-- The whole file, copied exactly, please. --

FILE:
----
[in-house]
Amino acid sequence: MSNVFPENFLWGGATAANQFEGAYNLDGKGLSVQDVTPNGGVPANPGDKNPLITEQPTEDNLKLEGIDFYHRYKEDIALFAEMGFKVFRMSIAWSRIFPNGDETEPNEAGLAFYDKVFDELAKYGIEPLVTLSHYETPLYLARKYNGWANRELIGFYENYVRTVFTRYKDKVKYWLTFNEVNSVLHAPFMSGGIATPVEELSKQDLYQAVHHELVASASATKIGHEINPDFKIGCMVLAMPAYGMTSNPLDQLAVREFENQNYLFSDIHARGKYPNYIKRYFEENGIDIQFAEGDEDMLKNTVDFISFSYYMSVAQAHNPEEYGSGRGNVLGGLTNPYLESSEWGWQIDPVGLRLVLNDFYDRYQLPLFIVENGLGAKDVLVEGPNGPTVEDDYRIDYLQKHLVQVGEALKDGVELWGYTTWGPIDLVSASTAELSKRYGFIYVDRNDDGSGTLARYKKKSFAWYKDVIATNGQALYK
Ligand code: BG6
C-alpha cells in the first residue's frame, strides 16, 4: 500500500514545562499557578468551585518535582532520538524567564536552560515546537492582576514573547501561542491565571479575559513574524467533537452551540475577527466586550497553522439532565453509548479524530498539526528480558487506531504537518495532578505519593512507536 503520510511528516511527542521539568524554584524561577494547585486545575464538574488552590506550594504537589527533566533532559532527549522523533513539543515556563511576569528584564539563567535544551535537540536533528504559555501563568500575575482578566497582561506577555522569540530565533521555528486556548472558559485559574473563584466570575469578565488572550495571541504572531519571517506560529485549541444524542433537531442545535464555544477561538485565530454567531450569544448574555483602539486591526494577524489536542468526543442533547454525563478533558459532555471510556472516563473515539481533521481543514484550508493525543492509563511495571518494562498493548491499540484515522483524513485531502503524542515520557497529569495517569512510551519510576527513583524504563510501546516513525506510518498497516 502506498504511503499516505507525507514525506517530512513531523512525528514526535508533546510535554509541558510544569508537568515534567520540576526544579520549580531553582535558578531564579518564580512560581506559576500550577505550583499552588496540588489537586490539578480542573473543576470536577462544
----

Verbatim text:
[in-house]
Amino acid sequence: MSNVFPENFLWGGATAANQFEGAYNLDGKGLSVQDVTPNGGVPANPGDKNPLITEQPTEDNLKLEGIDFYHRYKEDIALFAEMGFKVFRMSIAWSRIFPNGDETEPNEAGLAFYDKVFDELAKYGIEPLVTLSHYETPLYLARKYNGWANRELIGFYENYVRTVFTRYKDKVKYWLTFNEVNSVLHAPFMSGGIATPVEELSKQDLYQAVHHELVASASATKIGHEINPDFKIGCMVLAMPAYGMTSNPLDQLAVREFENQNYLFSDIHARGKYPNYIKRYFEENGIDIQFAEGDEDMLKNTVDFISFSYYMSVAQAHNPEEYGSGRGNVLGGLTNPYLESSEWGWQIDPVGLRLVLNDFYDRYQLPLFIVENGLGAKDVLVEGPNGPTVEDDYRIDYLQKHLVQVGEALKDGVELWGYTTWGPIDLVSASTAELSKRYGFIYVDRNDDGSGTLARYKKKSFAWYKDVIATNGQALYK
Ligand code: BG6
C-alpha cells in the first residue's frame, strides 16, 4: 500500500514545562499557578468551585518535582532520538524567564536552560515546537492582576514573547501561542491565571479575559513574524467533537452551540475577527466586550497553522439532565453509548479524530498539526528480558487506531504537518495532578505519593512507536 503520510511528516511527542521539568524554584524561577494547585486545575464538574488552590506550594504537589527533566533532559532527549522523533513539543515556563511576569528584564539563567535544551535537540536533528504559555501563568500575575482578566497582561506577555522569540530565533521555528486556548472558559485559574473563584466570575469578565488572550495571541504572531519571517506560529485549541444524542433537531442545535464555544477561538485565530454567531450569544448574555483602539486591526494577524489536542468526543442533547454525563478533558459532555471510556472516563473515539481533521481543514484550508493525543492509563511495571518494562498493548491499540484515522483524513485531502503524542515520557497529569495517569512510551519510576527513583524504563510501546516513525506510518498497516 502506498504511503499516505507525507514525506517530512513531523512525528514526535508533546510535554509541558510544569508537568515534567520540576526544579520549580531553582535558578531564579518564580512560581506559576500550577505550583499552588496540588489537586490539578480542573473543576470536577462544